Friday, 4 May 2007


(AKI) - Rising heat, dwindling rainfall and soil erosion threaten to reduce some 65 percent of Syria's territory into a desert wasteland, a Damascus-expert has said, contradicting official reports that desertification threatens 18 percent of the country. "The temperature increase, together with erosion are killing plant-life and causing fertile topsoil to disappear, as is the squandering of water resources and inadequate irrigation practices," the expert, speaking on condition of anonimity, told Adnkronos International (AKI).

According to the expert, rising salt levels are threatening the fertility of 50 percent of land lying along the banks of the River Euphrates with some 6,000 hectares of land a year becoming not suitable for agricultural production due to illegal irrigation.

The authorities are failing to modernise the irrigation systems that would help curb the desertification process, she said.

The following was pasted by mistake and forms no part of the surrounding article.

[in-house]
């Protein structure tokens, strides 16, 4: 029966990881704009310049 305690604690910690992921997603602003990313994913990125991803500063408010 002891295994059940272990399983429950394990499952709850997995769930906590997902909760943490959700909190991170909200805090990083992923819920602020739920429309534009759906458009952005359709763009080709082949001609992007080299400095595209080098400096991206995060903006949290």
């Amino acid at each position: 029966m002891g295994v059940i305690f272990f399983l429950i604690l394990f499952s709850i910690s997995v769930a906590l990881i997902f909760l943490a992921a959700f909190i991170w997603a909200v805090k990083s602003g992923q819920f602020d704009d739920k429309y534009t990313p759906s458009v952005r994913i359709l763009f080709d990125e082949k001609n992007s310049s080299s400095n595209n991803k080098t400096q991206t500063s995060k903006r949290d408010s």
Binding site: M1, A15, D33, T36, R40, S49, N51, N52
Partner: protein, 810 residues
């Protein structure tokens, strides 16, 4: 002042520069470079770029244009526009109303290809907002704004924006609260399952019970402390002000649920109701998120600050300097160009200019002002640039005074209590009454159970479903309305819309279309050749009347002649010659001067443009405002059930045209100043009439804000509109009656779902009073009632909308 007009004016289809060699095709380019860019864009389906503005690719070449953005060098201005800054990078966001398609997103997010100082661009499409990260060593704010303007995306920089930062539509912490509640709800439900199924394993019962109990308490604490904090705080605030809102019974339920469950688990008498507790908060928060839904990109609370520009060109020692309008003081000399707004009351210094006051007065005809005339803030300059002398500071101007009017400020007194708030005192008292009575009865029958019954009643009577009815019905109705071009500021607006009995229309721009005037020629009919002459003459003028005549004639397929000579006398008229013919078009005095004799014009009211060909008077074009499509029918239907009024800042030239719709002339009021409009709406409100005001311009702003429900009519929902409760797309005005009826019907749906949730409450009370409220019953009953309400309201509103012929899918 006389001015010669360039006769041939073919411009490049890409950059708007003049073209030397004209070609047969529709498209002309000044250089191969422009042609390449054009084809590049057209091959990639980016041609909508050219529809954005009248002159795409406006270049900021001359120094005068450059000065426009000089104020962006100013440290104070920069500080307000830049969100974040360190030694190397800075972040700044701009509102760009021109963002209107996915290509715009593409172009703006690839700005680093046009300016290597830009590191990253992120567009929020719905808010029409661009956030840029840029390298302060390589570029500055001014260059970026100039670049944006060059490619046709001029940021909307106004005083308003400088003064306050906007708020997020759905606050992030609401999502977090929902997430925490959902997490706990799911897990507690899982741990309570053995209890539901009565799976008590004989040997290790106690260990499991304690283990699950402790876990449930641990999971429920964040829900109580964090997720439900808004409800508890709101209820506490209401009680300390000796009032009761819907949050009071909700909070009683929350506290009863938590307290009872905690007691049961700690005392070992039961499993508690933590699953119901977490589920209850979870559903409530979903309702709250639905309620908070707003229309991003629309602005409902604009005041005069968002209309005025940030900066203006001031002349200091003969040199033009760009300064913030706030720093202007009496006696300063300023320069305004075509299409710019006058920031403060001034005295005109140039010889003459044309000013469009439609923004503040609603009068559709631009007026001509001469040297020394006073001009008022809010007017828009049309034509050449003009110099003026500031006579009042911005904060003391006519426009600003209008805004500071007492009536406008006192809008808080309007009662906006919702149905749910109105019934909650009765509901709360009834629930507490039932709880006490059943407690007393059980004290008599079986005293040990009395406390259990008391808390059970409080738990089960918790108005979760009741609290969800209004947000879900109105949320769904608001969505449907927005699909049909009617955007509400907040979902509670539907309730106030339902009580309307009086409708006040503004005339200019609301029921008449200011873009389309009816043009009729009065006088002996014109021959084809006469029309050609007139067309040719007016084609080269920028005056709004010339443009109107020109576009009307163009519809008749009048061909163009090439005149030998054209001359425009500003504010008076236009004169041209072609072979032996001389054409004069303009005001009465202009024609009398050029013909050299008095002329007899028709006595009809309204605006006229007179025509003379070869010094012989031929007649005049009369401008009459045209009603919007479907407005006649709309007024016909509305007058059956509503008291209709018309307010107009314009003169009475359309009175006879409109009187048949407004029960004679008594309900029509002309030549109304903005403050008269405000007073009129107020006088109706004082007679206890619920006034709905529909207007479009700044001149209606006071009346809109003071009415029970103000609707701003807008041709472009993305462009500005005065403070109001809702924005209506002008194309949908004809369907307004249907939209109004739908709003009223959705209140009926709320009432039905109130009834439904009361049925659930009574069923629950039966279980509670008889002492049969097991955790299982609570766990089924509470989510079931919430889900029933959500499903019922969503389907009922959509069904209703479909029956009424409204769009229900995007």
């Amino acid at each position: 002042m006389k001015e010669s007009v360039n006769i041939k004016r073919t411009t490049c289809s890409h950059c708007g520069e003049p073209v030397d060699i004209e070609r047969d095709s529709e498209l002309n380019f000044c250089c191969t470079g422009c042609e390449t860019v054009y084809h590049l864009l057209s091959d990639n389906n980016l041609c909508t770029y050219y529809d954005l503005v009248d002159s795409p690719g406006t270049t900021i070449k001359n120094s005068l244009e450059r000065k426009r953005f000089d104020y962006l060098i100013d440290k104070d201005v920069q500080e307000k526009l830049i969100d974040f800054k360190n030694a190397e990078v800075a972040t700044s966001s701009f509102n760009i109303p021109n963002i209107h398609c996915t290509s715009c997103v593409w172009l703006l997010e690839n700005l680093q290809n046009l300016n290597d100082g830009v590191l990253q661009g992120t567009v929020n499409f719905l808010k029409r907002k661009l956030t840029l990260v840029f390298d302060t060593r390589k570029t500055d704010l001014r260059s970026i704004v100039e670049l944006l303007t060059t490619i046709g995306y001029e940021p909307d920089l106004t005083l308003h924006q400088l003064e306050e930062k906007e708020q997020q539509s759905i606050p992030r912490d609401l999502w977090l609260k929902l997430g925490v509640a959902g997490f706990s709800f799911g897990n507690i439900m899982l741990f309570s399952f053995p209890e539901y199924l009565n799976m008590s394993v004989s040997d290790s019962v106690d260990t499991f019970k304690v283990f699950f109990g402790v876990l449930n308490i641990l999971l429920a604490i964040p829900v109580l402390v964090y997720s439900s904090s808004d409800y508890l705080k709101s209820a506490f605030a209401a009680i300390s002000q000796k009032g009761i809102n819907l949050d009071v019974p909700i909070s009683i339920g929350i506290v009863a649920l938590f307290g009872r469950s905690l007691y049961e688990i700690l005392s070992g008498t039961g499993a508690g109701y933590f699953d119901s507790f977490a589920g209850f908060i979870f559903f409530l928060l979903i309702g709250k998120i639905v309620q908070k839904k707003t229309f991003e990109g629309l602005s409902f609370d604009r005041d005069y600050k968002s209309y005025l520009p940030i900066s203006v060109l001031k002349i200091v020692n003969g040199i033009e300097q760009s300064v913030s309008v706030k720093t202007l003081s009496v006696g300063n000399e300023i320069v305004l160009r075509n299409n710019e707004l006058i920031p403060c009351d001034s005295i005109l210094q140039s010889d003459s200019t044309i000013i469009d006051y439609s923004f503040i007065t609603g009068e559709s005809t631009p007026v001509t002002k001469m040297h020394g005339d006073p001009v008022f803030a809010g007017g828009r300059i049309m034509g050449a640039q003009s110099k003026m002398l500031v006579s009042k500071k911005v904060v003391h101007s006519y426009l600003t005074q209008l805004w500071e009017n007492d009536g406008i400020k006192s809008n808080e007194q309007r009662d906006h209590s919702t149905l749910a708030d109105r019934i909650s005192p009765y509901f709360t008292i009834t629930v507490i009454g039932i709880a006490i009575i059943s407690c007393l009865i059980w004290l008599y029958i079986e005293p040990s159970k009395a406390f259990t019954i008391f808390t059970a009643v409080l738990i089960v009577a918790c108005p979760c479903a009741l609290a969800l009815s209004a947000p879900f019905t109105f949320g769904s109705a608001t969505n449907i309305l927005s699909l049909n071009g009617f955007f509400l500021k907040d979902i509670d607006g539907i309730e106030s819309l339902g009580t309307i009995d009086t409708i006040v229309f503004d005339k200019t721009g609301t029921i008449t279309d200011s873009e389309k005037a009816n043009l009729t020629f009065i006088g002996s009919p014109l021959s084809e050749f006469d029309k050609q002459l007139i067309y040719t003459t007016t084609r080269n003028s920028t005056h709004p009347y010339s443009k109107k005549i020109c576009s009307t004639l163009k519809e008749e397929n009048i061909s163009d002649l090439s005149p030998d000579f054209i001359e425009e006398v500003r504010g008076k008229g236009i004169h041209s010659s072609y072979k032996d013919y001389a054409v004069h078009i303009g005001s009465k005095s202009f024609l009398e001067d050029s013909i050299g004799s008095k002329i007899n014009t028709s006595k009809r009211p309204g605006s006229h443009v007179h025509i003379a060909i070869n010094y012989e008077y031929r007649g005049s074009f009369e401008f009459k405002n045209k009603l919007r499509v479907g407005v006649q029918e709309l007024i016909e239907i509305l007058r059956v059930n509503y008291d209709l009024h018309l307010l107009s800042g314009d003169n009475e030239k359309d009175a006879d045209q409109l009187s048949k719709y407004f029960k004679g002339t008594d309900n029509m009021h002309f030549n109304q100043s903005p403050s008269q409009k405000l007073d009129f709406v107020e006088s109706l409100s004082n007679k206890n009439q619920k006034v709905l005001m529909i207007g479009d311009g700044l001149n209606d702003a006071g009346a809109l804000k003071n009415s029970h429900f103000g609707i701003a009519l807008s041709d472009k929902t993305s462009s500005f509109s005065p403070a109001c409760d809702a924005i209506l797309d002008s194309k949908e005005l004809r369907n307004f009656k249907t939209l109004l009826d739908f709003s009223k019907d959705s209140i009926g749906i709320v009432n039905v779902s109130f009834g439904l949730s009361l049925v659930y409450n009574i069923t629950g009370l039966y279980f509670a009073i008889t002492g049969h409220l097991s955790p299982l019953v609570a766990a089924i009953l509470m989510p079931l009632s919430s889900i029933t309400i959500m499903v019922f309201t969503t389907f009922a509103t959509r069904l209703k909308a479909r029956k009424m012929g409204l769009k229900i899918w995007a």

Encroaching desert due to drought is one of the main challenges facing Syria, admits Muhammad al-Oudat, a senior environmental researcher with Syria's national nuclear energy entity.

"Deforestation, the illegal construction of roads in rural and suburban areas as well as uncontrolled grazing as well rising temperatures," are the main causes for desertification, al-Oudat told AKI.

The government is working with the United Nations Development Programme to develop projects aimed at safeguarding the environment and to offset the desertification threat, he said.


  1. Thank you for posting this article. I have tagged it to one of my recent posts on the water crisis in Syria.